New homebuyers are short-changed as the latest revision to housebuilders’ ‘non-mandatory’ Consumer Code is published.
A year ago, I wrote an article that I showed the Consumer Code for Home Builders (CCHB) is failing new homebuyers. The all-party parliamentary group (APPG) Inquiry Into the quality of new homes concluded in its Report that:
- “The evidence points to an industry…..which will at times ride rough-shod over dissatisfied buyers”
- “the Code [Consumer Code for Home Builders] does not appear to give homebuyers the safeguards we think they should expect”
- “it does not appear to us objectively to offer consumers a wholly satisfactory form of redress”
- “The Consumer Code for Homebuilders is limited in its scope”
Well it’s about to get a whole lot worse!
In September 2015, the CCHB announced a triennial review of Code, at that time changes were expected to come into effect in 2016 – “to ensure it continues to evolve with the industry and changing consumer needs and as a result of adjudication cases.” It claims “The industry has now made great strides in producing an updated Consumer Code which is fit for purpose in today’s world” Talk about hype! Changing consumer needs? Fit for purpose?
Last week the CCHB published the 4th incarnation of their consumer code, which I believe now contains specific revisions which severely diminish the likelihood of a successful claim by new homebuyers seeking redress and justice from errant housebuilders. The changes, place additional restrictions that can best be described as obstructive, the sole purpose of which is to protect the industry from the very few homebuyers that go through the rigmarole of Code’s dispute adjudication process.
The Home Builders Federation (HBF) fingerprints are all over these revisions. The HBF latest Annual Report confirmed the “HBF sits on the Code advisory forum to ensure house builder’s interests are represented. We submitted a response to the ongoing review Consultation and are working to ensure that any changes are workable for the industry.”
Well that’s mission accomplished!
Code approval and compliance with EU Directive
Revising the Code provided an opportunity for the Code to evolve and attempt to meet the requirements of the Chartered Trading Standards Institute’s (CTSI) Standards for Alternative Dispute Resolution (ADR). Approval by the CTSI is required to comply with EU DIRECTIVE 2013/11/EU (21 May 2013) on ADR for consumer disputes. This requires the ADR to be provided by a certified body to show it meets the principals set out in the Directive and associated regulations. ADR schemes cannot achieve certification unless they meet strict criteria for impartiality and independence.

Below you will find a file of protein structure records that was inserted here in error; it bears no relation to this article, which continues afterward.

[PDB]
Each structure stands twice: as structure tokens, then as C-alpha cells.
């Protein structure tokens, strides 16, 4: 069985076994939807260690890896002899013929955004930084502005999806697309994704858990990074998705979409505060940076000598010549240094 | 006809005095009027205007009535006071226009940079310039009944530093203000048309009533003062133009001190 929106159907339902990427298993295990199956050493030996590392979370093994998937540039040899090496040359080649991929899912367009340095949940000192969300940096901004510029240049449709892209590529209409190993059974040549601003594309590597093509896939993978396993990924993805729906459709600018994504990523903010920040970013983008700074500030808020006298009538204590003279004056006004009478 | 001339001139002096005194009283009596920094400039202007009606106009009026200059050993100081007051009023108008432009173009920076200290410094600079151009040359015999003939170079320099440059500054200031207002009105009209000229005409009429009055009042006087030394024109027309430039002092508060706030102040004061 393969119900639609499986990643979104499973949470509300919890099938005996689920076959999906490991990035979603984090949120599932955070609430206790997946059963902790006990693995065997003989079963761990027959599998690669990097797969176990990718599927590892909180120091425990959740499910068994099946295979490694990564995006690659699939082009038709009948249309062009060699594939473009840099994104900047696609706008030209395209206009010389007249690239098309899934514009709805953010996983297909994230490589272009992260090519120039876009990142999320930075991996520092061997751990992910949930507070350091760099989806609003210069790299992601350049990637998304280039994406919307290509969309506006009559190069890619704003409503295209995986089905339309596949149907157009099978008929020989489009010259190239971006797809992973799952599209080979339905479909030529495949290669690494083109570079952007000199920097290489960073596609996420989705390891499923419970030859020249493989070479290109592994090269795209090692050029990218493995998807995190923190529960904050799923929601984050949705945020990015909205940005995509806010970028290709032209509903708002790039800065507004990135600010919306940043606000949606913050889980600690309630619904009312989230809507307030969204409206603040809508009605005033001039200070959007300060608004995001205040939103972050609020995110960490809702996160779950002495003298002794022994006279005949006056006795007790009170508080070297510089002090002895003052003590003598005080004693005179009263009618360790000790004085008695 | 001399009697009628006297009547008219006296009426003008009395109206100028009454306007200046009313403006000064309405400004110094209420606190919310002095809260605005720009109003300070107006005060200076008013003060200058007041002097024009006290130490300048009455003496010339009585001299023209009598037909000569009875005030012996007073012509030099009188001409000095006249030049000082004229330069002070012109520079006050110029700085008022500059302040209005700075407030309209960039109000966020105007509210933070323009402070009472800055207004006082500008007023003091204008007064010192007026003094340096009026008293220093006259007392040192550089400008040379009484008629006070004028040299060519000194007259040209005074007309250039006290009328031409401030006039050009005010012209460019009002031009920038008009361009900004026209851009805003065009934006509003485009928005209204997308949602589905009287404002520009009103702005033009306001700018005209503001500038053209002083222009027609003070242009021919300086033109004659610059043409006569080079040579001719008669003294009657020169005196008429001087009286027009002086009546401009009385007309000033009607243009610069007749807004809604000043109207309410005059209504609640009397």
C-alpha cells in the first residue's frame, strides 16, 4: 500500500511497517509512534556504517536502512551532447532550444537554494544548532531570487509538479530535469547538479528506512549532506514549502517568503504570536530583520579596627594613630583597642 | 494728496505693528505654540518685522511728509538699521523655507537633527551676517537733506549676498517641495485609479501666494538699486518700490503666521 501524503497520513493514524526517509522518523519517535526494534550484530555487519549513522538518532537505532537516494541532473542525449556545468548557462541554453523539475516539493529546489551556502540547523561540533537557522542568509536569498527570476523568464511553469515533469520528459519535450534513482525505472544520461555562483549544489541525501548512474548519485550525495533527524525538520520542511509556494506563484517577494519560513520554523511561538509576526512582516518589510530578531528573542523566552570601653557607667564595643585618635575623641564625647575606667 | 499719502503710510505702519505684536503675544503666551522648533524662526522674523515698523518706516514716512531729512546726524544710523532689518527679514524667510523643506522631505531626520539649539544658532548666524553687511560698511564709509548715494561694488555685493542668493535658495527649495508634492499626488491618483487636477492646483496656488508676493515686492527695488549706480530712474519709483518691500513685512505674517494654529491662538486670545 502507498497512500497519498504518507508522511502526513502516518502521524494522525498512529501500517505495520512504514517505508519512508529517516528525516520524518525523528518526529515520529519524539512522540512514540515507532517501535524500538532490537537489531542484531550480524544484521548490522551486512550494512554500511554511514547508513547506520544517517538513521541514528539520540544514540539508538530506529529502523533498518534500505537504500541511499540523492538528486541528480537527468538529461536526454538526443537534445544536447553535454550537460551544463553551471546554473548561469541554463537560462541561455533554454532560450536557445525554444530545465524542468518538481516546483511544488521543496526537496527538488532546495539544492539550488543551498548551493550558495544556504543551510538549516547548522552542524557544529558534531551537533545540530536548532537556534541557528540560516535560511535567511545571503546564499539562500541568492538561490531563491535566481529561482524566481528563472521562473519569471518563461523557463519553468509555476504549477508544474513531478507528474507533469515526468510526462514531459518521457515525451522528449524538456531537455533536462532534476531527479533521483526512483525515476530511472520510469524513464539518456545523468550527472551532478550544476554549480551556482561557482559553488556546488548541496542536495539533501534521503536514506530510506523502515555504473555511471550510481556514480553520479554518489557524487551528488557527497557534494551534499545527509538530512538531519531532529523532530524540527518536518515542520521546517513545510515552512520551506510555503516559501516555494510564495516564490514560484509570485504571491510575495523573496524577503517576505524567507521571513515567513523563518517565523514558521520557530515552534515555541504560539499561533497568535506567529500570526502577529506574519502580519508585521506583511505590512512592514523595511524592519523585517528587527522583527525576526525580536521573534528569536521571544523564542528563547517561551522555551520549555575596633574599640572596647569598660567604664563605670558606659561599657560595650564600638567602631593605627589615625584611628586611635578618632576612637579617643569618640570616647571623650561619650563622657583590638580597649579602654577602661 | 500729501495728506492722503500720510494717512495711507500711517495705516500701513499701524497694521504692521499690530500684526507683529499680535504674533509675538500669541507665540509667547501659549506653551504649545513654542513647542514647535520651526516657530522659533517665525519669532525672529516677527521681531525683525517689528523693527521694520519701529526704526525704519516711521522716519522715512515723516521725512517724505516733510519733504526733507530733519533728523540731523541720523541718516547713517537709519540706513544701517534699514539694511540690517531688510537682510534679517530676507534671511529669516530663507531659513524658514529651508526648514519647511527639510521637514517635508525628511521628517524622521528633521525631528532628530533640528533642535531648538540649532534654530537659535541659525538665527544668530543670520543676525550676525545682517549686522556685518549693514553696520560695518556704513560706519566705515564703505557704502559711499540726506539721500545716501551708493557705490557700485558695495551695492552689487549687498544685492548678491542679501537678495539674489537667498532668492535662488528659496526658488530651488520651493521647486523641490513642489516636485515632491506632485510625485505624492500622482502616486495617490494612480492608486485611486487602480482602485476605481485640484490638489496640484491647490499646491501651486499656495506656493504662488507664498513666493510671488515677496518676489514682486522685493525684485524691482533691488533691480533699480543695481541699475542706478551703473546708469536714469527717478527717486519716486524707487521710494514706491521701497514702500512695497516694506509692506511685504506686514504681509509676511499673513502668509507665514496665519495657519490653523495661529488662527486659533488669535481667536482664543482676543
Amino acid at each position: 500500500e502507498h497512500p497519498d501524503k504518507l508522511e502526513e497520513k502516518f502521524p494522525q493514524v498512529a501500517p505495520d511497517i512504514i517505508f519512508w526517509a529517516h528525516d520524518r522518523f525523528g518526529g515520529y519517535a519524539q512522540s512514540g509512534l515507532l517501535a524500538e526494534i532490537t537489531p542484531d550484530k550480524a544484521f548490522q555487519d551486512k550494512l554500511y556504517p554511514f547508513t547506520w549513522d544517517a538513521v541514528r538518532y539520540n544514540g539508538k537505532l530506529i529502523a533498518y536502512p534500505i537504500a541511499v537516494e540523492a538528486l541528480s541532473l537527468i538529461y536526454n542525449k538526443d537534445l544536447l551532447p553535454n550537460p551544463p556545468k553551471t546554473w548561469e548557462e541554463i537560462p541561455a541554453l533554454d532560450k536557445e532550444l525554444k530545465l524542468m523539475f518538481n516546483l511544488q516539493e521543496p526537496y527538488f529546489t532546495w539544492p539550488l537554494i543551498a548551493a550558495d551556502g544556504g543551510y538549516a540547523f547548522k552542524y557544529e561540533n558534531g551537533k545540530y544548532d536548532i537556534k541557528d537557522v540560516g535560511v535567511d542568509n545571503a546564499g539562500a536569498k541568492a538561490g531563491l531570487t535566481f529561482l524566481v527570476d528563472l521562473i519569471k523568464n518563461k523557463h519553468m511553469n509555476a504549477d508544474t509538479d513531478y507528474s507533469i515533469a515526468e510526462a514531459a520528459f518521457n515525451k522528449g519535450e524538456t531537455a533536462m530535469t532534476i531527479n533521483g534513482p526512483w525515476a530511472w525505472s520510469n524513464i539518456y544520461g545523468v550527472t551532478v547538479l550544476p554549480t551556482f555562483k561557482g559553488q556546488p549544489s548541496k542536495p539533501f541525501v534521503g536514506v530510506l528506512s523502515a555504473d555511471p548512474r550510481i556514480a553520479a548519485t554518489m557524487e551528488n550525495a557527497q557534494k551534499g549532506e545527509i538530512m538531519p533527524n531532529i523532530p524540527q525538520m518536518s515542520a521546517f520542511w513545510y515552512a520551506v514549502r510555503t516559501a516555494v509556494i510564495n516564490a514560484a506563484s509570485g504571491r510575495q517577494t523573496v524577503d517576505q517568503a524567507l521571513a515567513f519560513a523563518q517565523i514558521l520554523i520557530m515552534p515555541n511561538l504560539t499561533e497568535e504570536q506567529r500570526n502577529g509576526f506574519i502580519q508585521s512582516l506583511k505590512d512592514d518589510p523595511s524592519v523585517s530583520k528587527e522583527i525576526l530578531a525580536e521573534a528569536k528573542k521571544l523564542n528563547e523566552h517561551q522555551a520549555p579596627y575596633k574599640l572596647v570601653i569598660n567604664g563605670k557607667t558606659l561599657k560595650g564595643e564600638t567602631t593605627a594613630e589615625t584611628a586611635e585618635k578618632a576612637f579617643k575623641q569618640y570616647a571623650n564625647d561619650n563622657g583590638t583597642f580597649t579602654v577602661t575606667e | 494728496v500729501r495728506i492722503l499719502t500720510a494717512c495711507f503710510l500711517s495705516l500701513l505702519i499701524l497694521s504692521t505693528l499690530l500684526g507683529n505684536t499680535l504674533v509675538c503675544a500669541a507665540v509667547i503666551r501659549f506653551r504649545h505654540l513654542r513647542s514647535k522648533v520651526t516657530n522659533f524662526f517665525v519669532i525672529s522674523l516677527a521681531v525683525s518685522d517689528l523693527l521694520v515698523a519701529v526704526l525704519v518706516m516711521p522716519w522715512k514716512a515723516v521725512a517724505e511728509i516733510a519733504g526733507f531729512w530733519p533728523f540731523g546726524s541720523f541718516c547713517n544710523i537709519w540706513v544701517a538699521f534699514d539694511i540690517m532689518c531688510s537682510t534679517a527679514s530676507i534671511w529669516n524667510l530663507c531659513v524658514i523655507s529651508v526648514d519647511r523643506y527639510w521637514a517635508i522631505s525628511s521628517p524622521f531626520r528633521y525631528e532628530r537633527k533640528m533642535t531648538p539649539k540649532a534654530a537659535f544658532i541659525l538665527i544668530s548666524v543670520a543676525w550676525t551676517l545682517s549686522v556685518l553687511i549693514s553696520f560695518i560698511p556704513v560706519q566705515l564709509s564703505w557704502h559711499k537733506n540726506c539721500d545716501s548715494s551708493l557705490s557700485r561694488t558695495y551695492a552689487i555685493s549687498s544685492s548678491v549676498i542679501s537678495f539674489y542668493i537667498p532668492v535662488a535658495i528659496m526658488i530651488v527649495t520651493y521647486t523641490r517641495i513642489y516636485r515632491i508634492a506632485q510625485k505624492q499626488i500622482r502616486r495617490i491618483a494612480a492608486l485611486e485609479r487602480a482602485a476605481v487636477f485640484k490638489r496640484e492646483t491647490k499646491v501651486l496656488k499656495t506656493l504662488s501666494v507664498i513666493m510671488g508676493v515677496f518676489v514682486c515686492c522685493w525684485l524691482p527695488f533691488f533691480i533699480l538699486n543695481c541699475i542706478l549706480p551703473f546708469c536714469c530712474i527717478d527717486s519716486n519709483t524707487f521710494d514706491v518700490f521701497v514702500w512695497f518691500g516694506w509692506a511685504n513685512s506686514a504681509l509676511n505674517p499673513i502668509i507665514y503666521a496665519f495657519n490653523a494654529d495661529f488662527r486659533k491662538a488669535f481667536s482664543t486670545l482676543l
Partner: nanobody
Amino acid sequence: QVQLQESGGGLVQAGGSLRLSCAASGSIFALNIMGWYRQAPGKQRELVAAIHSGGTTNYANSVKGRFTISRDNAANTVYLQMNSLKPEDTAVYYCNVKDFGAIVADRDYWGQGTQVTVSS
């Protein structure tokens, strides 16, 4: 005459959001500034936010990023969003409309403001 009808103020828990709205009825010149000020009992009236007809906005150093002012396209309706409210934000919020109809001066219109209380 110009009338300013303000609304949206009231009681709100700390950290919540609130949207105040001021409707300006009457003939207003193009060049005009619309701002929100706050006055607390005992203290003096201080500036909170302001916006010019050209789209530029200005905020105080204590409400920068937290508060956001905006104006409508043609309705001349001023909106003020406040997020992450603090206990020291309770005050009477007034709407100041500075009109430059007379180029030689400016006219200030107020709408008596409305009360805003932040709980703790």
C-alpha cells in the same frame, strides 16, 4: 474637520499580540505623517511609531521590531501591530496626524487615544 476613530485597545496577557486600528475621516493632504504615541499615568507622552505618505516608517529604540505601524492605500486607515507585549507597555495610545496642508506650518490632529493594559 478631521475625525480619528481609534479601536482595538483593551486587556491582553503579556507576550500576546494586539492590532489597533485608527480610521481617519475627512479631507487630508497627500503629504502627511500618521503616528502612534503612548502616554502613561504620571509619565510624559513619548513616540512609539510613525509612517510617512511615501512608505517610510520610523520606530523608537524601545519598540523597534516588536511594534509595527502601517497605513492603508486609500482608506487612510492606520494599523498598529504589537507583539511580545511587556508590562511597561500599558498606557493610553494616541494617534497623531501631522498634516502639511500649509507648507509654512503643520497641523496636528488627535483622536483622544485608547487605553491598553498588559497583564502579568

“In 2014, the Code’s management board took the decision to gain approval through the Chartered Trading Standards Institute (CTSI) Consumer Codes Approval Scheme (CCAS). It was important to show how the Code helps strengthen consumer protection and improve customer service standards by approval of the CTSI under their CCAS. This facilitates self-regulation.”
Despite the latest revisions, the Consumer Code for Home Builders has not been approved or accredited by the CTSI. Indeed, the now defunct Office of Fair Trading (OFT) withdrew its endorsement of the scheme in 2010 before it was even launched! This was because the Code’s dispute resolution service would only deal with complainant claims below £15,000. The OFT had wanted a cap of £150,000. At the time, Rod MacEachrane, a former NHBC commercial director and chair of the CCHB management board, confirmed that the OFT was:
“no longer part of the equation. It (OFT) said we were not meeting our commitments under the market study” [OFT report in 2008]. MacEachrane told Building magazine that “a cap of £15,000 would deal with 95% of disputes and was vital to ensure it remained a low-cost dispute resolution service.”
Low cost for house builders that is!
To add to the confusion, complaints can be covered by a different and separately operated Code – the Consumer Code for New Homes (CCNH) – which is not available to buyers with NHBC, LABC or Premier Guarantee warranties. Under the CCNH claims “are subject to a maximum aggregate award of £50,000 inclusive of VAT and maximum awards for financial loss of 25% of the purchase price of the Home and maximum awards for emotional distress and/or claims for inconvenience of £1,000” – far more generous than the “protection” buyers allegedly have with the CCHB!